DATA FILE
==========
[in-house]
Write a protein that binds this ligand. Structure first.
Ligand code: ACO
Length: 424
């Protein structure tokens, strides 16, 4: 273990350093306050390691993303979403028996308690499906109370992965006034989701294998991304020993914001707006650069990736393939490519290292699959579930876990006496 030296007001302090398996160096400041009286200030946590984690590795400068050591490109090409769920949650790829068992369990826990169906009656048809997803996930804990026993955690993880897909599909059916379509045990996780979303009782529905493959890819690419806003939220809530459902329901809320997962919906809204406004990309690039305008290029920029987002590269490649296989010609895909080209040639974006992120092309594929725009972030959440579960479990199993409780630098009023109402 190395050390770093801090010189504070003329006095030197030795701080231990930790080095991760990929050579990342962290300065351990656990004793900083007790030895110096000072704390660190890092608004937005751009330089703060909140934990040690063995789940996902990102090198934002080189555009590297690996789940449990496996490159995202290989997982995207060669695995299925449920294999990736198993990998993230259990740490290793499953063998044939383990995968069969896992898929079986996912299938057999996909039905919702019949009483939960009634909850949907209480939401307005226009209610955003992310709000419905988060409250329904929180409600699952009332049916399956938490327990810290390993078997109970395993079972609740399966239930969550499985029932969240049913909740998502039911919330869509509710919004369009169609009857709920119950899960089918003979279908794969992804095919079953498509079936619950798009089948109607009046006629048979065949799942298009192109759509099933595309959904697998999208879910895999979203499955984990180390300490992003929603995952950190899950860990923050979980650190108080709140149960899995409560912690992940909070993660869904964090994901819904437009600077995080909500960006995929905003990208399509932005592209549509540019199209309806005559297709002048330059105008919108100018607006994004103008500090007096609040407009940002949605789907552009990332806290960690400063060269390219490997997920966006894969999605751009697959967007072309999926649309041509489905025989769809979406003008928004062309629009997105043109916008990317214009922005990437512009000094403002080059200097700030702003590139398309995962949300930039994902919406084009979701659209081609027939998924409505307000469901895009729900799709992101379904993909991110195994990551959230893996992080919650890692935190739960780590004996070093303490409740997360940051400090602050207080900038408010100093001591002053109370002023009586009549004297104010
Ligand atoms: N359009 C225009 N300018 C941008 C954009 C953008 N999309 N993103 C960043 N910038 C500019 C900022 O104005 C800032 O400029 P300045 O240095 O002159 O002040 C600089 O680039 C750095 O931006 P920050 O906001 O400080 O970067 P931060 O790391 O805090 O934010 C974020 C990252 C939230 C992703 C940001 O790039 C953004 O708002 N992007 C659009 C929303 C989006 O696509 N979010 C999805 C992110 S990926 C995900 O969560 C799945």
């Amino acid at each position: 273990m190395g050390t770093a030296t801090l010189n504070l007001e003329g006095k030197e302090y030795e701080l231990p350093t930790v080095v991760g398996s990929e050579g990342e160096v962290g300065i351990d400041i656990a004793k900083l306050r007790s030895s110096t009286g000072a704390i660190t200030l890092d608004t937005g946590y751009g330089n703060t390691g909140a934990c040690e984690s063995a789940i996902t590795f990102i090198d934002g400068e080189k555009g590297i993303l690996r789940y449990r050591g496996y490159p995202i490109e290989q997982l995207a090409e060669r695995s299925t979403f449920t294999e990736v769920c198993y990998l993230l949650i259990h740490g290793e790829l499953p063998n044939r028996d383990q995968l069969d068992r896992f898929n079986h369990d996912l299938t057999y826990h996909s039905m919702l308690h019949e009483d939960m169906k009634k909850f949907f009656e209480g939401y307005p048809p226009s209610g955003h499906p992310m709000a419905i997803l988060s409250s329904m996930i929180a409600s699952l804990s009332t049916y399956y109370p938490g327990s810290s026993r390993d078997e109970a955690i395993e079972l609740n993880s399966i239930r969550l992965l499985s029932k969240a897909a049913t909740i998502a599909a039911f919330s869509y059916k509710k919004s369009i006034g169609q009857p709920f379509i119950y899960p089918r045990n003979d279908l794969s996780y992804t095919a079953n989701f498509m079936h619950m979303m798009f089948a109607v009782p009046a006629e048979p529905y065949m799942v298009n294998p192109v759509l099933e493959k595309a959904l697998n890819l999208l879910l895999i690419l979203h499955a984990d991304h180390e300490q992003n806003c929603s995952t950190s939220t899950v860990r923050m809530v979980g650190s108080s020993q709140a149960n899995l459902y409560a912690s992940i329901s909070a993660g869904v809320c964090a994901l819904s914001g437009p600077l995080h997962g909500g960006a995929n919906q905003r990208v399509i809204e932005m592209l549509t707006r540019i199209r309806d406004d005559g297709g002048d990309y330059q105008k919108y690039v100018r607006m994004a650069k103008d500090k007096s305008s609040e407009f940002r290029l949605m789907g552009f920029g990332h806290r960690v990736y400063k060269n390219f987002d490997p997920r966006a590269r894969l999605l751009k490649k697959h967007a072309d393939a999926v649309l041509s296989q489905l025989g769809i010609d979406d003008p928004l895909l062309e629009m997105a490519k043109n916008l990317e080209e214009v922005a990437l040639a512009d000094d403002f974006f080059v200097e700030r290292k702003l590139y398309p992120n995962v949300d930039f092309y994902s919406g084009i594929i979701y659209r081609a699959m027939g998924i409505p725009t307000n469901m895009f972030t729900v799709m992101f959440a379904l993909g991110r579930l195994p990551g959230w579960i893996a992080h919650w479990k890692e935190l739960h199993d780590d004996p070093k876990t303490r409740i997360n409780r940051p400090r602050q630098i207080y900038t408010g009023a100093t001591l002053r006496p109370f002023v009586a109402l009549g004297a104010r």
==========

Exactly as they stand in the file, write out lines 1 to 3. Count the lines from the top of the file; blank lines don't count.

[in-house]
Write a protein that binds this ligand. Structure first.
Ligand code: ACO